Global Roundup: Senegal Activists Seeks Disability Inclusion, Japan Same-Sex Marriage, Honduras Women’s Rights, Somalia Social Worker vs GBV, Brazil Artist Depicts Lesbian Couples
Curated by FG contributor Samiha Hossain
Photo credit: Sightsavers/Sidy Camara
Coumba Ndiaye is an activist and city councillor in Pikine, a Dakar suburb in Senegal, striving for disability inclusion. Her traumatic experience giving birth as a disabled person 22 years ago drives her activism today. When she sought care to deliver her baby, several health centres refused her, saying her disability would make the delivery “too complicated.” The hospital she was finally referred to initially assumed she needed a caesarean section without examining her. After giving birth, she was not helped off the bed and fell, leading to her haemorrhaging. Later, she was told by the head midwife not to have another child.
Ndiaye engages with women’s groups, the association of Senegalese midwives, female lawyers and community groups. She raises the situation of disabled women giving birth when she can, and sometimes helps individual women with disabilities in a personal capacity.
I lived through many experiences and that’s why I’m confident today. I can fight for disabled women. I also know that I can talk with the authorities. -Coumba Ndiaye
Although inclusivity is progressing in Senegal, there was still a need for change “from the bottom to the top of society” Ndiaye says. She called for a goal to provide access to health centres to all people with disabilities, without them having to face problems. She also believes health workers need better training on how to provide equitable and respectful health services for people with disabilities.
Step by step, society will include people with disabilities. My dream is to make all delivery rooms accessible to disabled women… [and] have medical staff both skilled and kind. When the delivery room will be available for disabled women, I would say that I have reached my goal. -Coumba Ndiaye
A Tokyo court upheld a ban on same-sex marriage on Wednesday but said a lack of legal protection for same-sex families violated their human rights. Japan’s constitution defines marriage as based on the mutual consent of both sexes. Although Prime Minister Fumio Kishida's ruling party has revealed no plans yet to review the matter or propose changes, several senior members support same-sex marriage.
Japan does not permit same-sex couples to marry or inherit each other's assets, such as a shared home, and denies them parental rights to each other's children, while even hospital visits can be difficult. Though partnership certificates from municipalities cover about 60% of Japan's population, they do not give same-sex couples the same rights enjoyed by heterosexual couples.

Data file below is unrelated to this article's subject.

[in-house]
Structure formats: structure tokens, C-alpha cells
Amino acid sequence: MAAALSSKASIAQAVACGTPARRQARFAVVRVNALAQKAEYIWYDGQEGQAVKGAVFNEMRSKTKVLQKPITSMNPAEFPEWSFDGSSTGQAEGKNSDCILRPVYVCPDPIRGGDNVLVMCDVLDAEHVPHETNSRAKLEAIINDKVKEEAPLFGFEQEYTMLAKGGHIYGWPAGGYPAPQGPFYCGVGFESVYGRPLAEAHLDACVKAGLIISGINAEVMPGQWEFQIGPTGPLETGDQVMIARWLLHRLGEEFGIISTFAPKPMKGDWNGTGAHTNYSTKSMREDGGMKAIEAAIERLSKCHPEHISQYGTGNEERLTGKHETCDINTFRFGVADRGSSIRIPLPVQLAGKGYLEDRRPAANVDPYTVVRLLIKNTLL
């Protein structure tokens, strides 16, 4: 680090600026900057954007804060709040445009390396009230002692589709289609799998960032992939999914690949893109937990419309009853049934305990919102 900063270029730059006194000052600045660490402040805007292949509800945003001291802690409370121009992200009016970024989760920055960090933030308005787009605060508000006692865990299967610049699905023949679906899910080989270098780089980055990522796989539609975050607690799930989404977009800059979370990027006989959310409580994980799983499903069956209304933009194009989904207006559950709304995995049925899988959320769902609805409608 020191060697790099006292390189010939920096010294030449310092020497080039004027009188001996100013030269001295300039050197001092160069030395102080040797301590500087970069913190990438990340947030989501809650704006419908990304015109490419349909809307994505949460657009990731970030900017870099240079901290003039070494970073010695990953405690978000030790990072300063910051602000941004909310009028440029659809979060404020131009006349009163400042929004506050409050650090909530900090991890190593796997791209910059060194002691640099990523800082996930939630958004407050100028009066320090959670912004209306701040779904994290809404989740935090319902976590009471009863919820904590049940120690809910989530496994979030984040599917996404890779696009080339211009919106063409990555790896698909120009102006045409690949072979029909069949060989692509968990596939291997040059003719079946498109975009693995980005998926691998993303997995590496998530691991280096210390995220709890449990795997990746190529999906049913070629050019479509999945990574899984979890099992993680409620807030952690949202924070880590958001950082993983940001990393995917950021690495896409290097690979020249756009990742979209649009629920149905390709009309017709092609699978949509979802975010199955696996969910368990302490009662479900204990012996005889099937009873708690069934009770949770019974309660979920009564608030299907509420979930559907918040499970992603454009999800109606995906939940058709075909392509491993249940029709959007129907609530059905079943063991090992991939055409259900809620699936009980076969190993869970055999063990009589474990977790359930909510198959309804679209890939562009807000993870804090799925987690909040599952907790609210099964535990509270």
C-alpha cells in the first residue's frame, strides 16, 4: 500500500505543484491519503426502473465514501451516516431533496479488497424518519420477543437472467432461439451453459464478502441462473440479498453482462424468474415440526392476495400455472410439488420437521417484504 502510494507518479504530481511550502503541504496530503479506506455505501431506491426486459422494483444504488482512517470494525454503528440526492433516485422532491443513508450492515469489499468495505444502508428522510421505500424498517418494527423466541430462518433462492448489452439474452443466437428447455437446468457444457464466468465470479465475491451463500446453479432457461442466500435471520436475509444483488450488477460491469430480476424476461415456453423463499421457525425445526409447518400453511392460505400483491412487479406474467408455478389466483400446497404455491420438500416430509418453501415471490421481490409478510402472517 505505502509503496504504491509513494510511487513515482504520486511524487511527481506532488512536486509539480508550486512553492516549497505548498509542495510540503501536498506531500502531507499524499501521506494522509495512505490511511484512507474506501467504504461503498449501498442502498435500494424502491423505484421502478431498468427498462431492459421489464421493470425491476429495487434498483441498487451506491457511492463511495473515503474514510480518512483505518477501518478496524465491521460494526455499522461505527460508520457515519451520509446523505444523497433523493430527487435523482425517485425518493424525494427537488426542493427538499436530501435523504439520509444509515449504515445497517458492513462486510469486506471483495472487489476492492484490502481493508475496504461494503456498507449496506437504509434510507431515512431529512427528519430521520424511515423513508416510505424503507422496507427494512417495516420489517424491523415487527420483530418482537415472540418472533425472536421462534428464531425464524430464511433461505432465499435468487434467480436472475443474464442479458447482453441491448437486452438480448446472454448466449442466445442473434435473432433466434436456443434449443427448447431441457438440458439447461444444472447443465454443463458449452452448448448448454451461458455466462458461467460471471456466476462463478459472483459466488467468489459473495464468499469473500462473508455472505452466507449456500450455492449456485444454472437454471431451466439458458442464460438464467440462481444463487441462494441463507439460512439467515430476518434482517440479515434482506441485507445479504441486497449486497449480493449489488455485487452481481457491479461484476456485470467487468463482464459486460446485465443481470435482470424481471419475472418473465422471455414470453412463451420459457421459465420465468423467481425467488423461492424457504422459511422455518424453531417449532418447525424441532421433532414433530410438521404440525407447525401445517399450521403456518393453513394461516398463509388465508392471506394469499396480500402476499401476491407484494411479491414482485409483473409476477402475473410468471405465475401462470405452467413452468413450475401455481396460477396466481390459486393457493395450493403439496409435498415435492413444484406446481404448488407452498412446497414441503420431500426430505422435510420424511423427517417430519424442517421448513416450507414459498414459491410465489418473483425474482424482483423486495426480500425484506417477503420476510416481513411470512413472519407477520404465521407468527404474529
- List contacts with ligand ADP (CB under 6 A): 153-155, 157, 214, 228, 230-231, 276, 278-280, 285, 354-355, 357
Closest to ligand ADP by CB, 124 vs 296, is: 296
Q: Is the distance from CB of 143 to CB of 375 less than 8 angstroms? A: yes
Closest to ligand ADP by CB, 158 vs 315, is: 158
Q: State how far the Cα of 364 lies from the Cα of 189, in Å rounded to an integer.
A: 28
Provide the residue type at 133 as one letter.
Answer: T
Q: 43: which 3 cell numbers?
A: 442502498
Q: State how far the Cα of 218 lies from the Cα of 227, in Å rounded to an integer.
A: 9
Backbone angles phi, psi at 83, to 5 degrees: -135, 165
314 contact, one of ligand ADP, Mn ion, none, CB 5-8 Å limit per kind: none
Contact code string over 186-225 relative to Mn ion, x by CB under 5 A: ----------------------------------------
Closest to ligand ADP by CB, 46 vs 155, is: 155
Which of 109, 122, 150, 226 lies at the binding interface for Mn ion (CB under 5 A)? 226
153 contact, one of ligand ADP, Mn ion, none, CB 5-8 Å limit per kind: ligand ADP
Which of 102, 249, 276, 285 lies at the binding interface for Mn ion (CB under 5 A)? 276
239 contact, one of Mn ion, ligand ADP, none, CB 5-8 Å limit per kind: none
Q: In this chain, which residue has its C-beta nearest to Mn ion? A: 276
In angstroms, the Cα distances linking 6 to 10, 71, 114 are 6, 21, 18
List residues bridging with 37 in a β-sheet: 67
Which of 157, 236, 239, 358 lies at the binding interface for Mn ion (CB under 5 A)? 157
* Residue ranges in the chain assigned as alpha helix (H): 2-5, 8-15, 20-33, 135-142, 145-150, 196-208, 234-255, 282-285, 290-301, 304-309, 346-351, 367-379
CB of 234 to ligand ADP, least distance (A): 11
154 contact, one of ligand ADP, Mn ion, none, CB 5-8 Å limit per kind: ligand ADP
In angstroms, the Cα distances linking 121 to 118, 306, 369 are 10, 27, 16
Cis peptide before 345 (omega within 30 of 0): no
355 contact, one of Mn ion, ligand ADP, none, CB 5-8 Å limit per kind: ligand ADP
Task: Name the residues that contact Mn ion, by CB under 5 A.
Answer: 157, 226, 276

The Tokyo ruling promises to be influential as the capital has an outsized influence on the rest of Japan. It had been keenly awaited after hopes were raised by a 2021 ruling in the city of Sapporo that the ban was unconstitutional, although another decision in Osaka in June upheld the ban. The eight plaintiffs in the case said the ban contravened their human rights and demanded damages of 1 million yen, although the court rejected that.
This is hard to accept. -Gon Matsunaka, head of the activist group Marriage for All Japan
The plaintiffs, who unfurled a banner outside the courthouse reading, "A step forward for Marriage Equality" after the ruling, said they were encouraged. Two more cases are pending in Japan, and activists and lawyers hope an accumulation of judicial decisions supporting same-sex marriage will eventually push lawmakers to change the system, even if this is unlikely soon.
There were parts of this that were disappointing, but parts of it gave me hope. -Katsu
Legalizing same-sex marriages is just one part of making society a place where LGBTQ+ people can live freely. A lot of work goes into making these bare minimum policies a reality, but activists continue to fight for their rights.
Photograph: José Cabezas/Reuters via The Guardian
At her inauguration earlier this year, Xiomara Castro, the first female president of Honduras, ended her speech with a message showing solidarity with women – but 10 months into Castro’s single constitutionally permitted term, many are losing faith that this moment in history will bring the changes they were promised.
We are in ways losing hope. I believe that at some point [Castro] will possibly fulfill some of the things, but the reality is that 20% of her term has already passed, and at least in terms of reproductive rights we do not see any substantive change in women’s lives up to now. -Regina Fonseca, activist for women’s rights in Honduras
The Guardian spoke with 10 activists in Honduras, nearly all of whom expressed a similar sentiment to Fonseca. Their main grievance was the failure to fulfill a campaign promise to legalize emergency contraceptives without restrictions. Honduras is the only country in Latin America with absolute bans on abortion and emergency contraceptives. A recent proposal to legalize emergency contraceptives in cases of rape sparked indignation. President Castro could lift the prohibition on emergency contraceptives with an executive decree, as she was expected to do within her first hundred days in office.
All issues are priorities, but there are some commitments that are easier to carry out, and [lifting the ban] is the simplest, because it doesn’t even require a budget or generate an economic cost. -Jinna Rosales